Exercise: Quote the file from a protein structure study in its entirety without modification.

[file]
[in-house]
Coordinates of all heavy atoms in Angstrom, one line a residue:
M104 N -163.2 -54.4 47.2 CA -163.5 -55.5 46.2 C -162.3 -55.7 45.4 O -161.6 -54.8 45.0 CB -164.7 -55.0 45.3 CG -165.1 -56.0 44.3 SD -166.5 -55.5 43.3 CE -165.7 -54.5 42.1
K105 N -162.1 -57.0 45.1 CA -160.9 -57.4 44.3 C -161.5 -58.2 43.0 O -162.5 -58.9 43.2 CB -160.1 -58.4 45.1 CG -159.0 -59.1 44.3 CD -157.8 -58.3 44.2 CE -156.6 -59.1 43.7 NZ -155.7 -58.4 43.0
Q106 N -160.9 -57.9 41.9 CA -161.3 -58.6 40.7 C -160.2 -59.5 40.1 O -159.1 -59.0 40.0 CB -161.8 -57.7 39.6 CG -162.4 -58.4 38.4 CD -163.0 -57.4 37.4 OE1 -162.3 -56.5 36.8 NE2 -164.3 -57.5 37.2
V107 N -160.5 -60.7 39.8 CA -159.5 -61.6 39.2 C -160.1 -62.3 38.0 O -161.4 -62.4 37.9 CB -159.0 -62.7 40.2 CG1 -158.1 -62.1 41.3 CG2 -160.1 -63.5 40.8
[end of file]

[in-house]
Coordinates of all heavy atoms in Angstrom, one line a residue:
M104 N -163.2 -54.4 47.2 CA -163.5 -55.5 46.2 C -162.3 -55.7 45.4 O -161.6 -54.8 45.0 CB -164.7 -55.0 45.3 CG -165.1 -56.0 44.3 SD -166.5 -55.5 43.3 CE -165.7 -54.5 42.1
K105 N -162.1 -57.0 45.1 CA -160.9 -57.4 44.3 C -161.5 -58.2 43.0 O -162.5 -58.9 43.2 CB -160.1 -58.4 45.1 CG -159.0 -59.1 44.3 CD -157.8 -58.3 44.2 CE -156.6 -59.1 43.7 NZ -155.7 -58.4 43.0
Q106 N -160.9 -57.9 41.9 CA -161.3 -58.6 40.7 C -160.2 -59.5 40.1 O -159.1 -59.0 40.0 CB -161.8 -57.7 39.6 CG -162.4 -58.4 38.4 CD -163.0 -57.4 37.4 OE1 -162.3 -56.5 36.8 NE2 -164.3 -57.5 37.2
V107 N -160.5 -60.7 39.8 CA -159.5 -61.6 39.2 C -160.1 -62.3 38.0 O -161.4 -62.4 37.9 CB -159.0 -62.7 40.2 CG1 -158.1 -62.1 41.3 CG2 -160.1 -63.5 40.8